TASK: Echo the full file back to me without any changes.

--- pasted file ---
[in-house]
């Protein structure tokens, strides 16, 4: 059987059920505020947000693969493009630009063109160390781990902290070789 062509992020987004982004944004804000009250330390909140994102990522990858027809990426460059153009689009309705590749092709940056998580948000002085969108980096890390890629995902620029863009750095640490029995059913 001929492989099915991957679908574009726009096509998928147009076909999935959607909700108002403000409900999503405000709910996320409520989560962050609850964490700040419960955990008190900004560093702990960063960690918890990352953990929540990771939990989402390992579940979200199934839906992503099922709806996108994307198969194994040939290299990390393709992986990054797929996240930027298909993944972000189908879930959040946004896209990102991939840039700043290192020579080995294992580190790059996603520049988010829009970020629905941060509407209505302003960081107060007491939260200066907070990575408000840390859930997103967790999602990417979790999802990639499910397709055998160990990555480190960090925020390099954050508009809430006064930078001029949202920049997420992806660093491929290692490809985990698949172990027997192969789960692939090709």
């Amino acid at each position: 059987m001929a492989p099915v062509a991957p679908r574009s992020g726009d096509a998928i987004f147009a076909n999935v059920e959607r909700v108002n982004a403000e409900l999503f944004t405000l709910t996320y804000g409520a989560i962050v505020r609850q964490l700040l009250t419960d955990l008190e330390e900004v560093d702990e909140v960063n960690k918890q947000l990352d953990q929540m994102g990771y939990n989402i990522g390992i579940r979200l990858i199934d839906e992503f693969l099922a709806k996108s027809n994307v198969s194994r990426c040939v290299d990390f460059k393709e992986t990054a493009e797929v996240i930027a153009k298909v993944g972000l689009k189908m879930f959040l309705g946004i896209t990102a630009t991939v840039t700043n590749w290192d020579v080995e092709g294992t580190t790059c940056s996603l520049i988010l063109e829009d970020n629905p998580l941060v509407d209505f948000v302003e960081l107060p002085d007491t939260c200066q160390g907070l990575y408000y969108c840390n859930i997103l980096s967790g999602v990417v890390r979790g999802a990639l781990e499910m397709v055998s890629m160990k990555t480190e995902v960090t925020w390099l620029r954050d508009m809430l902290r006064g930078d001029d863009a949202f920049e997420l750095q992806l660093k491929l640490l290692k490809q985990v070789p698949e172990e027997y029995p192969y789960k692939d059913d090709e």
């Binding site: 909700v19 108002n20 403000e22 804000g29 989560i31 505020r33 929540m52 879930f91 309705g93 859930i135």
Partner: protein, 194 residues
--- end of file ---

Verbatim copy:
[in-house]
């Protein structure tokens, strides 16, 4: 059987059920505020947000693969493009630009063109160390781990902290070789 062509992020987004982004944004804000009250330390909140994102990522990858027809990426460059153009689009309705590749092709940056998580948000002085969108980096890390890629995902620029863009750095640490029995059913 001929492989099915991957679908574009726009096509998928147009076909999935959607909700108002403000409900999503405000709910996320409520989560962050609850964490700040419960955990008190900004560093702990960063960690918890990352953990929540990771939990989402390992579940979200199934839906992503099922709806996108994307198969194994040939290299990390393709992986990054797929996240930027298909993944972000189908879930959040946004896209990102991939840039700043290192020579080995294992580190790059996603520049988010829009970020629905941060509407209505302003960081107060007491939260200066907070990575408000840390859930997103967790999602990417979790999802990639499910397709055998160990990555480190960090925020390099954050508009809430006064930078001029949202920049997420992806660093491929290692490809985990698949172990027997192969789960692939090709």
């Amino acid at each position: 059987m001929a492989p099915v062509a991957p679908r574009s992020g726009d096509a998928i987004f147009a076909n999935v059920e959607r909700v108002n982004a403000e409900l999503f944004t405000l709910t996320y804000g409520a989560i962050v505020r609850q964490l700040l009250t419960d955990l008190e330390e900004v560093d702990e909140v960063n960690k918890q947000l990352d953990q929540m994102g990771y939990n989402i990522g390992i579940r979200l990858i199934d839906e992503f693969l099922a709806k996108s027809n994307v198969s194994r990426c040939v290299d990390f460059k393709e992986t990054a493009e797929v996240i930027a153009k298909v993944g972000l689009k189908m879930f959040l309705g946004i896209t990102a630009t991939v840039t700043n590749w290192d020579v080995e092709g294992t580190t790059c940056s996603l520049i988010l063109e829009d970020n629905p998580l941060v509407d209505f948000v302003e960081l107060p002085d007491t939260c200066q160390g907070l990575y408000y969108c840390n859930i997103l980096s967790g999602v990417v890390r979790g999802a990639l781990e499910m397709v055998s890629m160990k990555t480190e995902v960090t925020w390099l620029r954050d508009m809430l902290r006064g930078d001029d863009a949202f920049e997420l750095q992806l660093k491929l640490l290692k490809q985990v070789p698949e172990e027997y029995p192969y789960k692939d059913d090709e």
């Binding site: 909700v19 108002n20 403000e22 804000g29 989560i31 505020r33 929540m52 879930f91 309705g93 859930i135």
Partner: protein, 194 residues